Beware of crypto-money, expert warns
Namibia needs to be aware and fully understand fintechs so as to take certain appropriate and informed decisions.
27 February 2018 | Banking
The trading venues and exchanges are shockingly amateurish accompanied by crashes and huge spreads everywhere. - Dr Joachim Bald, Consultant: Frankfurt School of Finance and Management
“They are a straight-up ‘pump-and-dump’ Ponzi scheme,” according to Dr Joachim Bald, a consultant based at the Frankfurt School of Finance and Management.
The central bank hosted the public lecture to unpack opportunities and risks presented by the “ongoing craze around crypto-currencies as well as the block-chain technology which underpins virtual currencies”, the BoN said in a statement. The event, attended by 57 invited guests including finance minister Calle Schlettwein, bank’s stakeholders and policymakers.
The deputy governor of the BoN, Ebson Uanguta, said the new wave of technological innovations – called fintech – has accelerated change in the financial sector: “We need to be aware and fully understand fintechs so as to take certain appropriate and informed decisions.”
In his presentation Bald clarified the wide-held notion that virtual currencies are a form of money. The essential functions of money – that of being a medium of exchange, a store of value and a unit of account – may not be present in cryptocurrencies, he said.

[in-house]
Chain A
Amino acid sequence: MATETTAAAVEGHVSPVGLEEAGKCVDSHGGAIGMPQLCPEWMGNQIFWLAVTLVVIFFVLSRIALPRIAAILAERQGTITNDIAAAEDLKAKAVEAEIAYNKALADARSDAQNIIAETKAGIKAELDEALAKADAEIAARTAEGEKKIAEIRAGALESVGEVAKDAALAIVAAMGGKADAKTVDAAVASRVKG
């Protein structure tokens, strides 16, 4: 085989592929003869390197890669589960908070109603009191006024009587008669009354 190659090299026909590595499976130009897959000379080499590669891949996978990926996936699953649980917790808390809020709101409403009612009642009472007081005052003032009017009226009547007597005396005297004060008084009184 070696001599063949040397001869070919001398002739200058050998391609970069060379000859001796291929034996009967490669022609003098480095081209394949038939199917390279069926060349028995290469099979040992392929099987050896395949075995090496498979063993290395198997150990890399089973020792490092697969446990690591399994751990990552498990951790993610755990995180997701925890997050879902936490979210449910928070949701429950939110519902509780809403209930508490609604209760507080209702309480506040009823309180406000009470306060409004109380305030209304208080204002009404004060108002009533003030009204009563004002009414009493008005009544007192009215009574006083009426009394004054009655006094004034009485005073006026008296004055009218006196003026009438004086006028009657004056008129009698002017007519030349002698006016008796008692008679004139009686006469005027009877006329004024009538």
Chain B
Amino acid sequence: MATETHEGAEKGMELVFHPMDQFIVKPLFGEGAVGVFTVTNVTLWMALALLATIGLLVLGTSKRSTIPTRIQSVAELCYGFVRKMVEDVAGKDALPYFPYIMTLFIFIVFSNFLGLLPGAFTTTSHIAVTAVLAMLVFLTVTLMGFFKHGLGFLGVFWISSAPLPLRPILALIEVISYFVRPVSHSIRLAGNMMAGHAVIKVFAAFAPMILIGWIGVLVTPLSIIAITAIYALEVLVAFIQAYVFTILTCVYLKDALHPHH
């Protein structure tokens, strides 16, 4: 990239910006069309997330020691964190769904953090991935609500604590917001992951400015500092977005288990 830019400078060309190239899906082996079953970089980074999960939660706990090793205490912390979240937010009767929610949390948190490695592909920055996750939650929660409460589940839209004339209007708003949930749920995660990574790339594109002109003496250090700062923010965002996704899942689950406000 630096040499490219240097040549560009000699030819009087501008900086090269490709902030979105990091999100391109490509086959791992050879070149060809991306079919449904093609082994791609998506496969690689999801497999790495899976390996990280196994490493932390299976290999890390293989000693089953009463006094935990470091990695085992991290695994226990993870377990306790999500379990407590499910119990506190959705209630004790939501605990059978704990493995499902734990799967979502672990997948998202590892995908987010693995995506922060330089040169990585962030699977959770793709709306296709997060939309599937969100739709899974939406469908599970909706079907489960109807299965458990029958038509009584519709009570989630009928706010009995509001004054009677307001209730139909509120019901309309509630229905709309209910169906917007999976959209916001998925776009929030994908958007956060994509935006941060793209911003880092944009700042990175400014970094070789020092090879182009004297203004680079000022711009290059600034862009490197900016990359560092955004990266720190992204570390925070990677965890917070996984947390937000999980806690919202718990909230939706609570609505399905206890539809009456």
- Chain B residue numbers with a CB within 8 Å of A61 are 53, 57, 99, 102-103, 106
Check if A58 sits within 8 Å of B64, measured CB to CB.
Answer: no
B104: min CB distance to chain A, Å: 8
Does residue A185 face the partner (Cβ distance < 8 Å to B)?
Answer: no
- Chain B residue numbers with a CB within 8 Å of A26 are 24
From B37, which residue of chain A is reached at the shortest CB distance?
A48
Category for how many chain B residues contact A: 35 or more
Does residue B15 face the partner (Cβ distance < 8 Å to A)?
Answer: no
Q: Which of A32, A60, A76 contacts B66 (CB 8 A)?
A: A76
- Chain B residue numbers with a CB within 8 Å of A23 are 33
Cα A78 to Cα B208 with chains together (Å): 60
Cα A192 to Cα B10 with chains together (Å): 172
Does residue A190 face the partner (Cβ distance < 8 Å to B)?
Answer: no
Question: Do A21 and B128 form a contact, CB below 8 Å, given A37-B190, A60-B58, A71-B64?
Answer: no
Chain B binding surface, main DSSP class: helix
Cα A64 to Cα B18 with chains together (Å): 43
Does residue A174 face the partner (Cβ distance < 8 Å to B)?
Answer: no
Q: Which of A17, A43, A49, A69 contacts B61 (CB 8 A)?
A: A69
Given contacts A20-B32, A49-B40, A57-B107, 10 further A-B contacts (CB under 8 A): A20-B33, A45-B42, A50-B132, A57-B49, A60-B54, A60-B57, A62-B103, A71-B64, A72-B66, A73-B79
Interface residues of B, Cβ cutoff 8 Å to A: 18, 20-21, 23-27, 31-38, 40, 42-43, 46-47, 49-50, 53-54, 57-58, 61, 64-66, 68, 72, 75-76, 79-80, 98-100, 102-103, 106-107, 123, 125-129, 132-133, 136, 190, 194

Although cryptocurrency mining is a necessary tool to control money creation and keeps the currency in scarce supply thus boosting demand, the emission gains (seigniorage) are squandered through time consuming and energy intensive computations, he said.
Bald punched holes in beliefs that block-chain is a safe medium, stating that the innovation has been hacked before and therefore it is potentially vulnerable: “The trading venues and exchanges are shockingly amateurish accompanied by crashes and huge spreads everywhere,” he said.
Bald concluded the seminar with his personal advice to stakeholders to think twice about the sustainability of the cryptocurrencies phenomenon.
However, he emphasised that the underlying technology, block-chain, has great innovation potential for the real sector and encouraged research in that area.
The BoN published a position paper on distributed ledger technologies (block-chain) and virtual currencies last year.
The paper indicates that the central bank does not consider virtual currencies to be legal tender and a payment instrument in Namibia, and cautioned users to be aware of the risks involved.
Additionally, trading in virtual currencies is not currently regulated in Namibia and thus individuals that engage in such trading would be doing so at their own risk. These include credit, liquidity, operational and legal risks.
Further, the paper cautioned users of virtual currencies to be aware of risks related to money laundering and the financing of terrorism when engaging in the trading of virtual currencies.
The paper is available at: https://www.bon.com.na/Bank/Payments-and-Settlements/Publications/Position-Papers.aspx